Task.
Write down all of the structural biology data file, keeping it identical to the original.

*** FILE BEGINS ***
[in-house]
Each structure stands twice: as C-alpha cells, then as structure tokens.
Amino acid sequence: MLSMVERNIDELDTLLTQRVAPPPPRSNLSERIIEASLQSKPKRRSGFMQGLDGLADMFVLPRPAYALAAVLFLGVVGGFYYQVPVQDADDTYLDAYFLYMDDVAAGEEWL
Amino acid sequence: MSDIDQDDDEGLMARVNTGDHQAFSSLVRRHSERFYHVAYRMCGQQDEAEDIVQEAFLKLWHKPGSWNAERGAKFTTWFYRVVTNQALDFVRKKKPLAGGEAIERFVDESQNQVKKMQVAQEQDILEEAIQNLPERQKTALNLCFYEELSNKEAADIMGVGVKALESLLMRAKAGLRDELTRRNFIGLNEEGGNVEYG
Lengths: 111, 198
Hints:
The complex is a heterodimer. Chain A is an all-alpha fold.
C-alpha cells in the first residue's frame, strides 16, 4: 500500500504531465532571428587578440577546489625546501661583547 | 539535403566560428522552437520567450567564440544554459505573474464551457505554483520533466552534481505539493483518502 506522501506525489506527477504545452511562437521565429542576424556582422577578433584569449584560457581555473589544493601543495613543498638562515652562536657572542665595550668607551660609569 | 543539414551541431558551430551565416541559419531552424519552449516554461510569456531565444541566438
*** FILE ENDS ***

[in-house]
Each structure stands twice: as C-alpha cells, then as structure tokens.
Amino acid sequence: MLSMVERNIDELDTLLTQRVAPPPPRSNLSERIIEASLQSKPKRRSGFMQGLDGLADMFVLPRPAYALAAVLFLGVVGGFYYQVPVQDADDTYLDAYFLYMDDVAAGEEWL
Amino acid sequence: MSDIDQDDDEGLMARVNTGDHQAFSSLVRRHSERFYHVAYRMCGQQDEAEDIVQEAFLKLWHKPGSWNAERGAKFTTWFYRVVTNQALDFVRKKKPLAGGEAIERFVDESQNQVKKMQVAQEQDILEEAIQNLPERQKTALNLCFYEELSNKEAADIMGVGVKALESLLMRAKAGLRDELTRRNFIGLNEEGGNVEYG
Lengths: 111, 198
Hints:
The complex is a heterodimer. Chain A is an all-alpha fold.
C-alpha cells in the first residue's frame, strides 16, 4: 500500500504531465532571428587578440577546489625546501661583547 | 539535403566560428522552437520567450567564440544554459505573474464551457505554483520533466552534481505539493483518502 506522501506525489506527477504545452511562437521565429542576424556582422577578433584569449584560457581555473589544493601543495613543498638562515652562536657572542665595550668607551660609569 | 543539414551541431558551430551565416541559419531552424519552449516554461510569456531565444541566438